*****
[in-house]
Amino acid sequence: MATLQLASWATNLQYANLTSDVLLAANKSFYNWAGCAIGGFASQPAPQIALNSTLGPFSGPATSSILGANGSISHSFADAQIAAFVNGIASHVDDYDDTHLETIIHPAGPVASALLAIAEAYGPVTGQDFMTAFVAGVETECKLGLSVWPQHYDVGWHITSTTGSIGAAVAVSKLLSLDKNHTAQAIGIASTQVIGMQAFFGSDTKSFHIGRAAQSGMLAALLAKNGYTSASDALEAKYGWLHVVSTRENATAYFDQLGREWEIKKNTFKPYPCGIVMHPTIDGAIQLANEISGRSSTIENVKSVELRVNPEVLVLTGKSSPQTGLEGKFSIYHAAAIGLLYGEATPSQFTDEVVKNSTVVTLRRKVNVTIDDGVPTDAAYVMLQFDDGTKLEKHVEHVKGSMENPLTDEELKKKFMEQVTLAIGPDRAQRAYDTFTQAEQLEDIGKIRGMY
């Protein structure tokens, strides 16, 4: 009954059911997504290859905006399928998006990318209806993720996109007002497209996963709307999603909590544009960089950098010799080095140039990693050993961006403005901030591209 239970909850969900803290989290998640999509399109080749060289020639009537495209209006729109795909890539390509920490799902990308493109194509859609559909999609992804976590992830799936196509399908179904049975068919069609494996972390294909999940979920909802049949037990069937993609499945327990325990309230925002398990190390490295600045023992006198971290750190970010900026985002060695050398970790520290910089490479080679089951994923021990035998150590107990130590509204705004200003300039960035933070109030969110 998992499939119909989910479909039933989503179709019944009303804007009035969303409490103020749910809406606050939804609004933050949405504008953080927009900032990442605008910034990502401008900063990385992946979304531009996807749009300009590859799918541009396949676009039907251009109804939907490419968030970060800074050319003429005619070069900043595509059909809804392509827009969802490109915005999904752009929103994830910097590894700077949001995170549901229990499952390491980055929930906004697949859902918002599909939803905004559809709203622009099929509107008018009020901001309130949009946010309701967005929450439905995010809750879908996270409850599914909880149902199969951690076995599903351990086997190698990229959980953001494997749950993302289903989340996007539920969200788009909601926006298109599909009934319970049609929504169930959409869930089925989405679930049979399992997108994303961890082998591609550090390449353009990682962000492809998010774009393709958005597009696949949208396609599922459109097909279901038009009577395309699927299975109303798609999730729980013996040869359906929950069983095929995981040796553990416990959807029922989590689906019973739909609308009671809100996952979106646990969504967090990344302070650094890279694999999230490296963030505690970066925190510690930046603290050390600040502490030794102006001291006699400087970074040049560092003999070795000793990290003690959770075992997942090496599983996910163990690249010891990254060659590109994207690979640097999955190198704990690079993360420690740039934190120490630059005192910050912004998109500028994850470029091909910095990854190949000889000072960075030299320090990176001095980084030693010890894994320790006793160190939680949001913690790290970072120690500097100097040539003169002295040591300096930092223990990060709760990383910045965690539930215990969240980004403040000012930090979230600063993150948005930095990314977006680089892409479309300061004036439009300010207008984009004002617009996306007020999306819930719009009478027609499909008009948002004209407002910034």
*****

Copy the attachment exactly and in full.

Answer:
[in-house]
Amino acid sequence: MATLQLASWATNLQYANLTSDVLLAANKSFYNWAGCAIGGFASQPAPQIALNSTLGPFSGPATSSILGANGSISHSFADAQIAAFVNGIASHVDDYDDTHLETIIHPAGPVASALLAIAEAYGPVTGQDFMTAFVAGVETECKLGLSVWPQHYDVGWHITSTTGSIGAAVAVSKLLSLDKNHTAQAIGIASTQVIGMQAFFGSDTKSFHIGRAAQSGMLAALLAKNGYTSASDALEAKYGWLHVVSTRENATAYFDQLGREWEIKKNTFKPYPCGIVMHPTIDGAIQLANEISGRSSTIENVKSVELRVNPEVLVLTGKSSPQTGLEGKFSIYHAAAIGLLYGEATPSQFTDEVVKNSTVVTLRRKVNVTIDDGVPTDAAYVMLQFDDGTKLEKHVEHVKGSMENPLTDEELKKKFMEQVTLAIGPDRAQRAYDTFTQAEQLEDIGKIRGMY
């Protein structure tokens, strides 16, 4: 009954059911997504290859905006399928998006990318209806993720996109007002497209996963709307999603909590544009960089950098010799080095140039990693050993961006403005901030591209 239970909850969900803290989290998640999509399109080749060289020639009537495209209006729109795909890539390509920490799902990308493109194509859609559909999609992804976590992830799936196509399908179904049975068919069609494996972390294909999940979920909802049949037990069937993609499945327990325990309230925002398990190390490295600045023992006198971290750190970010900026985002060695050398970790520290910089490479080679089951994923021990035998150590107990130590509204705004200003300039960035933070109030969110 998992499939119909989910479909039933989503179709019944009303804007009035969303409490103020749910809406606050939804609004933050949405504008953080927009900032990442605008910034990502401008900063990385992946979304531009996807749009300009590859799918541009396949676009039907251009109804939907490419968030970060800074050319003429005619070069900043595509059909809804392509827009969802490109915005999904752009929103994830910097590894700077949001995170549901229990499952390491980055929930906004697949859902918002599909939803905004559809709203622009099929509107008018009020901001309130949009946010309701967005929450439905995010809750879908996270409850599914909880149902199969951690076995599903351990086997190698990229959980953001494997749950993302289903989340996007539920969200788009909601926006298109599909009934319970049609929504169930959409869930089925989405679930049979399992997108994303961890082998591609550090390449353009990682962000492809998010774009393709958005597009696949949208396609599922459109097909279901038009009577395309699927299975109303798609999730729980013996040869359906929950069983095929995981040796553990416990959807029922989590689906019973739909609308009671809100996952979106646990969504967090990344302070650094890279694999999230490296963030505690970066925190510690930046603290050390600040502490030794102006001291006699400087970074040049560092003999070795000793990290003690959770075992997942090496599983996910163990690249010891990254060659590109994207690979640097999955190198704990690079993360420690740039934190120490630059005192910050912004998109500028994850470029091909910095990854190949000889000072960075030299320090990176001095980084030693010890894994320790006793160190939680949001913690790290970072120690500097100097040539003169002295040591300096930092223990990060709760990383910045965690539930215990969240980004403040000012930090979230600063993150948005930095990314977006680089892409479309300061004036439009300010207008984009004002617009996306007020999306819930719009009478027609499909008009948002004209407002910034």